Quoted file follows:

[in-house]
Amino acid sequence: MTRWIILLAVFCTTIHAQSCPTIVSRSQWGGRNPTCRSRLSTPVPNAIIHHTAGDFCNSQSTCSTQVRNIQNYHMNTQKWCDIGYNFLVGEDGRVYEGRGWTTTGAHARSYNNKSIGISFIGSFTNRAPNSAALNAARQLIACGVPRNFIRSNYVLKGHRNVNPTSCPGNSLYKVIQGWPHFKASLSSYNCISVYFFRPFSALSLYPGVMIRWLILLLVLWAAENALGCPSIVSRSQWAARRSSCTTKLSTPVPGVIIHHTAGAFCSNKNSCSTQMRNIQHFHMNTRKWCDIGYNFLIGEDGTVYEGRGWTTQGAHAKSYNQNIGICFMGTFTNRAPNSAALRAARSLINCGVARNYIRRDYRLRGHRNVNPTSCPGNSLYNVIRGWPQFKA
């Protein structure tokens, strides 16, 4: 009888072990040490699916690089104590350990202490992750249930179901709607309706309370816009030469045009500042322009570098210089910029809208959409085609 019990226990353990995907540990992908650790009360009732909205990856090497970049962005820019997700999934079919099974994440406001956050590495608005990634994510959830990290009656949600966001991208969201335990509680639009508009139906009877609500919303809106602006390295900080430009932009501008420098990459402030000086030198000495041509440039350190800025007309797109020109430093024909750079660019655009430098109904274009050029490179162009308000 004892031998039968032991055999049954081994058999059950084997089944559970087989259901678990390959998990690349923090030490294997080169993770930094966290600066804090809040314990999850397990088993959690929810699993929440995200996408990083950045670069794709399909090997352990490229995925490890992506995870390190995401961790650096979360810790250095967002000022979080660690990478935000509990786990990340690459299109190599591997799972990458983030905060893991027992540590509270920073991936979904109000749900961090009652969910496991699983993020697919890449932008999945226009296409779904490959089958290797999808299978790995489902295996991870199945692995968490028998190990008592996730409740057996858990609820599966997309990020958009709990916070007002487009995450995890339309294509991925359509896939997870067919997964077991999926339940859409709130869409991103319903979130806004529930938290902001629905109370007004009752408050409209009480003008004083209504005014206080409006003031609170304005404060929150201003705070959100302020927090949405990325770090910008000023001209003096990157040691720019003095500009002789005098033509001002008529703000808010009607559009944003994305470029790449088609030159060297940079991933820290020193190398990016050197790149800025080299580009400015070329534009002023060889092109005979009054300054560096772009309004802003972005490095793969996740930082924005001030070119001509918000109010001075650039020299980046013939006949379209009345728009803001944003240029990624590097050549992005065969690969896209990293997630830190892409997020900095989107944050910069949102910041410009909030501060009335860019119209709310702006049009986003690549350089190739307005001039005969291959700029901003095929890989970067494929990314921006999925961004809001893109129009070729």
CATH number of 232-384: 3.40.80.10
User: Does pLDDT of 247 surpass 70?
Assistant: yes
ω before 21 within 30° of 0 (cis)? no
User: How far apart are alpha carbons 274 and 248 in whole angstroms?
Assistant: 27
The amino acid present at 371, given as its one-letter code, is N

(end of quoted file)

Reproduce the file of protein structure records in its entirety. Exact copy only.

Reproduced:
[in-house]
Amino acid sequence: MTRWIILLAVFCTTIHAQSCPTIVSRSQWGGRNPTCRSRLSTPVPNAIIHHTAGDFCNSQSTCSTQVRNIQNYHMNTQKWCDIGYNFLVGEDGRVYEGRGWTTTGAHARSYNNKSIGISFIGSFTNRAPNSAALNAARQLIACGVPRNFIRSNYVLKGHRNVNPTSCPGNSLYKVIQGWPHFKASLSSYNCISVYFFRPFSALSLYPGVMIRWLILLLVLWAAENALGCPSIVSRSQWAARRSSCTTKLSTPVPGVIIHHTAGAFCSNKNSCSTQMRNIQHFHMNTRKWCDIGYNFLIGEDGTVYEGRGWTTQGAHAKSYNQNIGICFMGTFTNRAPNSAALRAARSLINCGVARNYIRRDYRLRGHRNVNPTSCPGNSLYNVIRGWPQFKA
């Protein structure tokens, strides 16, 4: 009888072990040490699916690089104590350990202490992750249930179901709607309706309370816009030469045009500042322009570098210089910029809208959409085609 019990226990353990995907540990992908650790009360009732909205990856090497970049962005820019997700999934079919099974994440406001956050590495608005990634994510959830990290009656949600966001991208969201335990509680639009508009139906009877609500919303809106602006390295900080430009932009501008420098990459402030000086030198000495041509440039350190800025007309797109020109430093024909750079660019655009430098109904274009050029490179162009308000 004892031998039968032991055999049954081994058999059950084997089944559970087989259901678990390959998990690349923090030490294997080169993770930094966290600066804090809040314990999850397990088993959690929810699993929440995200996408990083950045670069794709399909090997352990490229995925490890992506995870390190995401961790650096979360810790250095967002000022979080660690990478935000509990786990990340690459299109190599591997799972990458983030905060893991027992540590509270920073991936979904109000749900961090009652969910496991699983993020697919890449932008999945226009296409779904490959089958290797999808299978790995489902295996991870199945692995968490028998190990008592996730409740057996858990609820599966997309990020958009709990916070007002487009995450995890339309294509991925359509896939997870067919997964077991999926339940859409709130869409991103319903979130806004529930938290902001629905109370007004009752408050409209009480003008004083209504005014206080409006003031609170304005404060929150201003705070959100302020927090949405990325770090910008000023001209003096990157040691720019003095500009002789005098033509001002008529703000808010009607559009944003994305470029790449088609030159060297940079991933820290020193190398990016050197790149800025080299580009400015070329534009002023060889092109005979009054300054560096772009309004802003972005490095793969996740930082924005001030070119001509918000109010001075650039020299980046013939006949379209009345728009803001944003240029990624590097050549992005065969690969896209990293997630830190892409997020900095989107944050910069949102910041410009909030501060009335860019119209709310702006049009986003690549350089190739307005001039005969291959700029901003095929890989970067494929990314921006999925961004809001893109129009070729």
CATH number of 232-384: 3.40.80.10
User: Does pLDDT of 247 surpass 70?
Assistant: yes
ω before 21 within 30° of 0 (cis)? no
User: How far apart are alpha carbons 274 and 248 in whole angstroms?
Assistant: 27
The amino acid present at 371, given as its one-letter code, is N